How Does COVID-19 Affect the Heart?
August 13, 2020
We’re still learning about the long-term effects of COVID-19 on our bodies. Studies are being done across the globe, including here at Hackensack Meridian Health, to better understand how people are impacted by the virus.
Some patients who have recovered from COVID-19 may show signs of heart damage, even weeks or months after feeling better, according to two studies published in JAMA Cardiology.
Heart Health Hits Home
The studies were released days before news broke that Major League Baseball pitcher, Eduardo Rodriguez, would sit out the rest of the season after doctors discovered inflammation in his heart after being infected with COVID-19. Reports said the pitcher developed myocarditis, which is an inflammation of the heart muscle.
“While there’s still much to be learned, we’re starting to understand that COVID-19 may lead to some heart problems that can have long-term consequences,” says Bhudev Sharma, M.D., a cardiologist at JFK Medical Center.
How does COVID-19 affect the heart?
Viruses attack the body by infecting cells directly. In the case of COVID-19, the virus primarily attacks the lungs. However, it can also cause your body to produce an overactive immune response which can lead to increased inflammation throughout the body.
Myocarditis can impair the heart’s ability to pump blood and send electrical signals. Severe forms of myocarditis can lead to more serious problems like abnormal heart rhythms, heart muscle disease and heart failure.
According to one study out of the University of Frankford in Germany, more than half of patients studied who had COVID-19 were found to have ongoing cardiac inflammation. Researchers noted that more than two-thirds of the patients who participated in the study had a mild illness and recovered at home from COVID-19.
“The concern now is that even with a mild case of COVID-19, there’s a possibility that there could be inflammation and damage to your heart,” says Dr. Sharma.
However, it’s important to know that the abnormalities seen in the study can happen with other viral infections and may be temporary. Many cases of mild heart inflammation may not show symptoms and get better on their own.
What are signs you should seek care?
If you’ve been infected with COVID-19 you should continue to monitor any lingering symptoms and check in with your doctor regularly. Some signs you should talk to your doctor are:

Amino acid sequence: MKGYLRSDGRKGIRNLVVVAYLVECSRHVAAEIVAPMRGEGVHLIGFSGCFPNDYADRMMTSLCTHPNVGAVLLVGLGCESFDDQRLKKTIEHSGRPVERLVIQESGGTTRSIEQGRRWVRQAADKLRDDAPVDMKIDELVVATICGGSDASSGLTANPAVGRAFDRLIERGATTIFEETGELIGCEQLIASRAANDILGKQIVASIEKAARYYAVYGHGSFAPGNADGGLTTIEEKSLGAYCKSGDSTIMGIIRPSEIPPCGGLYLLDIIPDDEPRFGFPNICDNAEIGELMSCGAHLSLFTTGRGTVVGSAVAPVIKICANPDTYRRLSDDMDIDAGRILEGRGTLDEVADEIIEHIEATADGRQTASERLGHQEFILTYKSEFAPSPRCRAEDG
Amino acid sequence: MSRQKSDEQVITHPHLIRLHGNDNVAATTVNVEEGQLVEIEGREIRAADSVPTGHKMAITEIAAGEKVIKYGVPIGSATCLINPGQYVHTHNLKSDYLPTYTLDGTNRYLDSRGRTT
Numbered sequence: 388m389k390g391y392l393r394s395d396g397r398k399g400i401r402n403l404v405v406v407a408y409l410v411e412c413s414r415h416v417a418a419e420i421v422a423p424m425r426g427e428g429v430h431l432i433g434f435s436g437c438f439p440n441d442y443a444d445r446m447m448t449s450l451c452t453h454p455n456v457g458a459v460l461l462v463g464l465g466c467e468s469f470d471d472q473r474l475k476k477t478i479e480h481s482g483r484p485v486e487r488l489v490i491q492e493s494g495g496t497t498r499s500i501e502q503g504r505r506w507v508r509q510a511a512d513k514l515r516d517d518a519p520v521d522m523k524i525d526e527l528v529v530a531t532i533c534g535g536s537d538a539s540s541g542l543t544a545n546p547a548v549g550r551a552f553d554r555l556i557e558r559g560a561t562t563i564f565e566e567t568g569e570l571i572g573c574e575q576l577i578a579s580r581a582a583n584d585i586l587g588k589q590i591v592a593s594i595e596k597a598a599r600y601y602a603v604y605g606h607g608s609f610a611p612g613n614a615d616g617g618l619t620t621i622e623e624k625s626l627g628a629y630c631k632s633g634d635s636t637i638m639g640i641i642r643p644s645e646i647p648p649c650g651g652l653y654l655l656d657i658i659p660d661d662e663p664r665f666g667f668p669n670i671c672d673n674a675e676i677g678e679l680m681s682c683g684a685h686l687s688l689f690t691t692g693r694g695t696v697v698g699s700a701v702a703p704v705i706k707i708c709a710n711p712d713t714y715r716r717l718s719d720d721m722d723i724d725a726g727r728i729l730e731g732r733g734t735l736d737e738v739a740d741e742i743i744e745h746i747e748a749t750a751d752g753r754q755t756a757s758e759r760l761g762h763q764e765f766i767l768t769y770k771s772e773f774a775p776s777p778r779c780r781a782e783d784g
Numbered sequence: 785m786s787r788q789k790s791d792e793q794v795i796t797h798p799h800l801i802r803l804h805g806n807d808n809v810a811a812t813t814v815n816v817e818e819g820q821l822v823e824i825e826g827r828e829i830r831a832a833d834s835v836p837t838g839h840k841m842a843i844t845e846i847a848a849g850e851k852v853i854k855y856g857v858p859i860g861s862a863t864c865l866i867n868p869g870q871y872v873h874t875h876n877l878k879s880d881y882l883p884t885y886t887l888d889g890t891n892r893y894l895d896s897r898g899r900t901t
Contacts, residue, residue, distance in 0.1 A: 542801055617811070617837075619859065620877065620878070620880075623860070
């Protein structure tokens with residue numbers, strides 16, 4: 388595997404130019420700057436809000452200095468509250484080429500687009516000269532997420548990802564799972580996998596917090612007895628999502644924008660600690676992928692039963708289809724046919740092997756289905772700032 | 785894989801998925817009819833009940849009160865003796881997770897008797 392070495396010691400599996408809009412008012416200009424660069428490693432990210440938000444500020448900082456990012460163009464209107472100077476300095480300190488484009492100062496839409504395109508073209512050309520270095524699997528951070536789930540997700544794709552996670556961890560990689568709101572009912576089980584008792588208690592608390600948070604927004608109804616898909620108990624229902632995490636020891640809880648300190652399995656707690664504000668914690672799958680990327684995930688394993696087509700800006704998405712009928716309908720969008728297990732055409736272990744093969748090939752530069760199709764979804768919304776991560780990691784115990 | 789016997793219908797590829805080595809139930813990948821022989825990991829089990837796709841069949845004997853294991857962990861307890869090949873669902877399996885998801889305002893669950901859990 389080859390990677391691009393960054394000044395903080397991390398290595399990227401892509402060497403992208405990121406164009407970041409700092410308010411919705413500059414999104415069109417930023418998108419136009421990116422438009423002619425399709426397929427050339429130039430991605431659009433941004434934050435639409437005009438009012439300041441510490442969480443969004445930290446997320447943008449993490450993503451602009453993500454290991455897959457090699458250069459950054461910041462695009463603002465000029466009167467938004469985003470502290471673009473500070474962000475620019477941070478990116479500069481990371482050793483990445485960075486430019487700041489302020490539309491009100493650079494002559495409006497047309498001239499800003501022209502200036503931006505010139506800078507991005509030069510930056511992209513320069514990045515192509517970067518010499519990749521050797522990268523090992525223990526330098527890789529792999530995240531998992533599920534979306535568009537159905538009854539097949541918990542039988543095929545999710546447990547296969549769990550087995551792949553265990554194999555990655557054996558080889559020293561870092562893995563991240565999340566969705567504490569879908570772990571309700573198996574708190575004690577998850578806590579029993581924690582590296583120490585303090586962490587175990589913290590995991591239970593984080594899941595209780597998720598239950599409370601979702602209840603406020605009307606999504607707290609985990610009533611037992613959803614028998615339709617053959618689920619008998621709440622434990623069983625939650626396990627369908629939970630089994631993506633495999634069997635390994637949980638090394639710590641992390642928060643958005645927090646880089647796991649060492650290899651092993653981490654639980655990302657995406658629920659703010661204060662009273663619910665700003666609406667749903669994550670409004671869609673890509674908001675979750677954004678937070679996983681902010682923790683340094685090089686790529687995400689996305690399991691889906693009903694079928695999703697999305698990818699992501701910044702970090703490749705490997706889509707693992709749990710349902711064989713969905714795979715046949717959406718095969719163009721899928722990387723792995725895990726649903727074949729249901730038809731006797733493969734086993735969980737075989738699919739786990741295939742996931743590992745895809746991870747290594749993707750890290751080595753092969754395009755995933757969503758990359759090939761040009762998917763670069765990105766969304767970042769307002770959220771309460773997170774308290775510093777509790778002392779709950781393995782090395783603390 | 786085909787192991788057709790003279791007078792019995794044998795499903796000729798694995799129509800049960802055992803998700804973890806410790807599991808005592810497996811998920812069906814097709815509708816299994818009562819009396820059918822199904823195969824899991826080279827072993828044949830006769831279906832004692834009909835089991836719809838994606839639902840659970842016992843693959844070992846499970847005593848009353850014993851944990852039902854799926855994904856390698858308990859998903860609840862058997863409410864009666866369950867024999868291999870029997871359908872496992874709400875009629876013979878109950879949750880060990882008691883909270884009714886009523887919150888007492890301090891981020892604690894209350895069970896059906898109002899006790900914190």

- Extreme fatigue
- Trouble breathing
- Unexplained swelling
- Chest pain
For those who have had COVID-19 and live in the New Jersey area, consider seeking care at Hackensack Meridian Health’s COVID Recovery Center for access to all the specialists you need, all in one place.
“Although more research needs to be done to understand the long-term effects of COVID-19 on the heart, we do know COVID-19 affects the heart in two ways,” says Dr. Sharma. “First, it can directly cause myocarditis and blood clots, and second, it can indirectly affect the heart by making existing heart conditions worse. Everyone should continue to do everything they can to protect themselves and others from getting the illness.” Some basic precautions you should take include:
- Washing your hands often and using hand sanitizer when soap and water aren’t available. Make sure the hand sanitizer you use is at least 60% alcohol.
- Wear a mask any time you can’t maintain 6 feet of social distancing from others when indoors or outdoors.
- Know the signs and symptoms of COVID-19. Monitor for any signs of illness and get tested if you think you’ve been exposed to someone who has the virus.
Next Steps & Resources:
- Meet our clinical contributor: Bhudev Sharma, M.D.
- Learn more about Hackensack Meridian Health’s COVID-19 Recovery Center
- To make an appointment with Dr. Sharma or a doctor near you, call 800-822-8905 or visit our website.
- Learn more about our Keeping America Safe program.
The material provided through HealthU is intended to be used as general information only and should not replace the advice of your physician. Always consult your physician for individual care.